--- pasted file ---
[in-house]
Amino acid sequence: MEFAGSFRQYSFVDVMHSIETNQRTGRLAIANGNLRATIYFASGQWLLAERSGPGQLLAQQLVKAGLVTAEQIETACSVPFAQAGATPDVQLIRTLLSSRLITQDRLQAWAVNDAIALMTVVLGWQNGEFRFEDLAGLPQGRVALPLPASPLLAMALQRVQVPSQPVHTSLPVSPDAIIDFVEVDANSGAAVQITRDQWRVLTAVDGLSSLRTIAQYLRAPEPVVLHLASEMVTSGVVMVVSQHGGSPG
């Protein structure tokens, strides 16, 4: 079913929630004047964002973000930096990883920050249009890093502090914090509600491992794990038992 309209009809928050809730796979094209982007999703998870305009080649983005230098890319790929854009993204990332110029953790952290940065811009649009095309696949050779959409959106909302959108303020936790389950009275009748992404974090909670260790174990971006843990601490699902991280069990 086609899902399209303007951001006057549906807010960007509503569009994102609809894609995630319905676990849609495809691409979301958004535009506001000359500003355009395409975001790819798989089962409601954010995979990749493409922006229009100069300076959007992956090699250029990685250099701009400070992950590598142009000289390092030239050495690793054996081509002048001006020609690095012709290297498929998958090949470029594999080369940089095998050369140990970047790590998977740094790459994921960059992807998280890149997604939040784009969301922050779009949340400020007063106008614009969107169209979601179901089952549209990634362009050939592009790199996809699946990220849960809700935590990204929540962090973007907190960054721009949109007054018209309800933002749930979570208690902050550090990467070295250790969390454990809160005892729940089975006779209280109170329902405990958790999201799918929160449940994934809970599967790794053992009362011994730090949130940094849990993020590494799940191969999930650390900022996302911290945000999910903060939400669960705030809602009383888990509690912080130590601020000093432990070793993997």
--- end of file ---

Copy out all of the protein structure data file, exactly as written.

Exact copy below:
[in-house]
Amino acid sequence: MEFAGSFRQYSFVDVMHSIETNQRTGRLAIANGNLRATIYFASGQWLLAERSGPGQLLAQQLVKAGLVTAEQIETACSVPFAQAGATPDVQLIRTLLSSRLITQDRLQAWAVNDAIALMTVVLGWQNGEFRFEDLAGLPQGRVALPLPASPLLAMALQRVQVPSQPVHTSLPVSPDAIIDFVEVDANSGAAVQITRDQWRVLTAVDGLSSLRTIAQYLRAPEPVVLHLASEMVTSGVVMVVSQHGGSPG
């Protein structure tokens, strides 16, 4: 079913929630004047964002973000930096990883920050249009890093502090914090509600491992794990038992 309209009809928050809730796979094209982007999703998870305009080649983005230098890319790929854009993204990332110029953790952290940065811009649009095309696949050779959409959106909302959108303020936790389950009275009748992404974090909670260790174990971006843990601490699902991280069990 086609899902399209303007951001006057549906807010960007509503569009994102609809894609995630319905676990849609495809691409979301958004535009506001000359500003355009395409975001790819798989089962409601954010995979990749493409922006229009100069300076959007992956090699250029990685250099701009400070992950590598142009000289390092030239050495690793054996081509002048001006020609690095012709290297498929998958090949470029594999080369940089095998050369140990970047790590998977740094790459994921960059992807998280890149997604939040784009969301922050779009949340400020007063106008614009969107169209979601179901089952549209990634362009050939592009790199996809699946990220849960809700935590990204929540962090973007907190960054721009949109007054018209309800933002749930979570208690902050550090990467070295250790969390454990809160005892729940089975006779209280109170329902405990958790999201799918929160449940994934809970599967790794053992009362011994730090949130940094849990993020590494799940191969999930650390900022996302911290945000999910903060939400669960705030809602009383888990509690912080130590601020000093432990070793993997």